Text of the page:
Improving Budget Analysis of State Criminal Justice Reforms: A Strategy for Better Outcomes and Saving Money
Oregon Center for Public Policy (OCPP)
Inimai M. Chettiar
Brennan Center for Justice, NYU School of Law; New York University School of Law
affiliation not provided to SSRN
January 11, 2012
Across the nation, state governments are mired in economic crisis. Over 40 states had billions in budget shortfalls last year. With this grave reality in mind, this report, Improving Budget Analysis of State Criminal Justice Reforms, details how a change to the way states perform cost evaluations of legislation could help alleviate the strain. It explains how enacting certain criminal justice reforms will significantly reduce states’ runaway spending on prisons. This problem can be somewhat alleviated if states have in place adequate procedures to accurately research and draft the “fiscal notes” legislatures require to accompany such proposals. These fiscal notes contain official state estimates of the costs and savings to state treasuries of proposed laws under consideration by the legislature. This report finds that the vast majority of states do not accurately perform these fiscal notes in a way that is useful to legislators. It recommends a series of best practices for states to provide accurate fiscal information to state legislators. By following these best practices, states can calculate both short- and long-term costs and cost savings for criminal justice bills and easily provide that information to legislators, who can then know the true fiscal implications of reform proposals before voting on them. States can use these best practices to reform their fiscal note process. Advocates and the public can also use these best practices to better understand the accuracy of fiscal notes currently produced by states and the reach of their usefulness.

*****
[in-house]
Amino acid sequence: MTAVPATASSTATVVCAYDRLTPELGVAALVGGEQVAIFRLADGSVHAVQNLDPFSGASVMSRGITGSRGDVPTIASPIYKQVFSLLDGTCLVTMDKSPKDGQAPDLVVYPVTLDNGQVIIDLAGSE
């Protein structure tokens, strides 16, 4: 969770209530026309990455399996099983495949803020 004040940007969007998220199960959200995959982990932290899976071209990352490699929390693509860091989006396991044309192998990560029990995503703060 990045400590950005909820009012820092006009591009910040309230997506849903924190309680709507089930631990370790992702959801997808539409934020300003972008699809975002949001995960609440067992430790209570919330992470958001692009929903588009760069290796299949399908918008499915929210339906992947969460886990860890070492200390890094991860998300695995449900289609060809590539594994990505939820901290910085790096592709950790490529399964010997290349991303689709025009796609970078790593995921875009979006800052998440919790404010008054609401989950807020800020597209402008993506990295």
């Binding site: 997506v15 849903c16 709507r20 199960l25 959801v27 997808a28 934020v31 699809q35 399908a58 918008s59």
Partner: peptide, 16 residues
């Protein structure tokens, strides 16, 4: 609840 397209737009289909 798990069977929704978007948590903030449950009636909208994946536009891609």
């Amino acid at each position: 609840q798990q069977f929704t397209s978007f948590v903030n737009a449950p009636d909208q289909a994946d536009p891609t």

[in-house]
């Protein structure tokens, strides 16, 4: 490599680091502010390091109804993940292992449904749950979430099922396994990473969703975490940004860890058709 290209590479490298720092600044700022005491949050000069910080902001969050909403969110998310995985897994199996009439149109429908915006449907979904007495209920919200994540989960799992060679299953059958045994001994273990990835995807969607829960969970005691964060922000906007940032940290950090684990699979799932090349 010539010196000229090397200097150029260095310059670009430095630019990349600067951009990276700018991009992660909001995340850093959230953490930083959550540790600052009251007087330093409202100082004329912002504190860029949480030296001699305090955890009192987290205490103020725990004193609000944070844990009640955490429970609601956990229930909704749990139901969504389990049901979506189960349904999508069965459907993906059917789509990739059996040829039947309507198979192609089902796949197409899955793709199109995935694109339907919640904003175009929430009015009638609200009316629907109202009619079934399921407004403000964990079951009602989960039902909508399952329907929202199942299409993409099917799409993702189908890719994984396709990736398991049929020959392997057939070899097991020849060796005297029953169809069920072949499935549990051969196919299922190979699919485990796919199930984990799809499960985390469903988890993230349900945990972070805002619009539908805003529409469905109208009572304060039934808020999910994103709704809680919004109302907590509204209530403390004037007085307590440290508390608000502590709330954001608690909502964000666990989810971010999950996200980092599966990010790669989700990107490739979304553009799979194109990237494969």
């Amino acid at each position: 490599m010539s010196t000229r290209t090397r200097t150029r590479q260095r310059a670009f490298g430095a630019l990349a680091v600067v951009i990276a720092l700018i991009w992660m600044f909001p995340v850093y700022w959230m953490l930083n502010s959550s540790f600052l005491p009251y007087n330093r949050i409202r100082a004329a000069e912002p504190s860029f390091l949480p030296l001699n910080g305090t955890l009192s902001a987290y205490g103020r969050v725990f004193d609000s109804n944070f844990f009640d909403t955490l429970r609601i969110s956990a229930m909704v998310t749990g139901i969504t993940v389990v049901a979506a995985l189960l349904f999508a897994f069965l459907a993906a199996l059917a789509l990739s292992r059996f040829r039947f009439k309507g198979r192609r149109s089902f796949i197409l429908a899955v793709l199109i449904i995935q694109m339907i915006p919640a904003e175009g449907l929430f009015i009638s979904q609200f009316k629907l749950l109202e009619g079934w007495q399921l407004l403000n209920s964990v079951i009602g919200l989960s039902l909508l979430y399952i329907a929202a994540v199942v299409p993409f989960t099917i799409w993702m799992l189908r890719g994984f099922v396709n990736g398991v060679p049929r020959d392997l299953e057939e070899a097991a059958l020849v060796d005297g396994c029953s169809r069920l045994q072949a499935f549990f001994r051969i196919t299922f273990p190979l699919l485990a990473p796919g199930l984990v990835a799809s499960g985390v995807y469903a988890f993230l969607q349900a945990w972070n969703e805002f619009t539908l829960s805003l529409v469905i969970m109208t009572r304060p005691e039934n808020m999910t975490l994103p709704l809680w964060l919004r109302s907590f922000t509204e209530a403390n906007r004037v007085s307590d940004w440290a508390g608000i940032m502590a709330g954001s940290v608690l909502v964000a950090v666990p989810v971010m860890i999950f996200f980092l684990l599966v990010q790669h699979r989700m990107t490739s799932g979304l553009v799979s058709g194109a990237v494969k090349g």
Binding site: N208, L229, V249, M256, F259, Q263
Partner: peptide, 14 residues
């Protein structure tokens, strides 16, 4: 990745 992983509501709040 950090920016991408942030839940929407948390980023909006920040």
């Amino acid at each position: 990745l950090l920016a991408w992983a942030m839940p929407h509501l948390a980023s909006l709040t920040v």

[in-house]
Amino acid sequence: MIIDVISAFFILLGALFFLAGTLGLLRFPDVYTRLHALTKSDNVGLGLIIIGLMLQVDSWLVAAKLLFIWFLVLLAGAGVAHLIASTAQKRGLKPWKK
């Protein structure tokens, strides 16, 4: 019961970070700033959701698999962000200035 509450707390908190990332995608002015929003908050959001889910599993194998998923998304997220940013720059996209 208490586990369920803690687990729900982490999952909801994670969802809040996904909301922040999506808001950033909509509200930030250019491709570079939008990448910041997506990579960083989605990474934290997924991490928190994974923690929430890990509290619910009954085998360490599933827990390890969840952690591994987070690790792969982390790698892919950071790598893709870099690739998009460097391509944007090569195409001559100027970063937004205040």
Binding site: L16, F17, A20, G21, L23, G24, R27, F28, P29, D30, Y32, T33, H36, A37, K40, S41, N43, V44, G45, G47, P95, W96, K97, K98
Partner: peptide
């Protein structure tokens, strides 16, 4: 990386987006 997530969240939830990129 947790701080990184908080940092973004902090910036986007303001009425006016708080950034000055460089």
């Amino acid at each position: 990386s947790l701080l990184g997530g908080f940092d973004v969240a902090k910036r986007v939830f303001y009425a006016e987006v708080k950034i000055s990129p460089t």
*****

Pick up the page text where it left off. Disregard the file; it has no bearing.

Number of Pages in PDF File: 28
Keywords: criminal justice, state budget, fiscal note, fiscal responsibility, mass incarceration, sentencing, prison population, fiscal analysisworking papers series
Date posted: January 26, 2012
© 2014 Social Science Electronic Publishing, Inc. All Rights Reserved.
This page was processed by apollo3 in 0.438 seconds